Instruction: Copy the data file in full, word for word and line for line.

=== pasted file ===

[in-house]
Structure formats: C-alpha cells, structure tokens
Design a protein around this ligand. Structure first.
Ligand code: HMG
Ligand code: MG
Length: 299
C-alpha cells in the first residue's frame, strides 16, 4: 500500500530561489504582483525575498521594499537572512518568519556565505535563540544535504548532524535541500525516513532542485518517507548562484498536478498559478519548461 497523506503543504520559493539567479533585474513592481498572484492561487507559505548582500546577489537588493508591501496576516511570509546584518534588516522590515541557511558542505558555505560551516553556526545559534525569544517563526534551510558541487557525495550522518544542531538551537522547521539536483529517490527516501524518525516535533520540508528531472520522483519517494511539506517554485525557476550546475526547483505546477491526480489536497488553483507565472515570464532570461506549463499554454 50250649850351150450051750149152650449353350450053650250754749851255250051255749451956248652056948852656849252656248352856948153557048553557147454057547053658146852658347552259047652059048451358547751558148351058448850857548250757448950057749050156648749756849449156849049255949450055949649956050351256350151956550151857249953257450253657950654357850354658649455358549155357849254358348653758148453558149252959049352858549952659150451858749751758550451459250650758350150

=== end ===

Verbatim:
[in-house]
Structure formats: C-alpha cells, structure tokens
Design a protein around this ligand. Structure first.
Ligand code: HMG
Ligand code: MG
Length: 299
C-alpha cells in the first residue's frame, strides 16, 4: 500500500530561489504582483525575498521594499537572512518568519556565505535563540544535504548532524535541500525516513532542485518517507548562484498536478498559478519548461 497523506503543504520559493539567479533585474513592481498572484492561487507559505548582500546577489537588493508591501496576516511570509546584518534588516522590515541557511558542505558555505560551516553556526545559534525569544517563526534551510558541487557525495550522518544542531538551537522547521539536483529517490527516501524518525516535533520540508528531472520522483519517494511539506517554485525557476550546475526547483505546477491526480489536497488553483507565472515570464532570461506549463499554454 50250649850351150450051750149152650449353350450053650250754749851255250051255749451956248652056948852656849252656248352856948153557048553557147454057547053658146852658347552259047652059048451358547751558148351058448850857548250757448950057749050156648749756849449156849049255949450055949649956050351256350151956550151857249953257450253657950654357850354658649455358549155357849254358348653758148453558149252959049352858549952659150451858749751758550451459250650758350150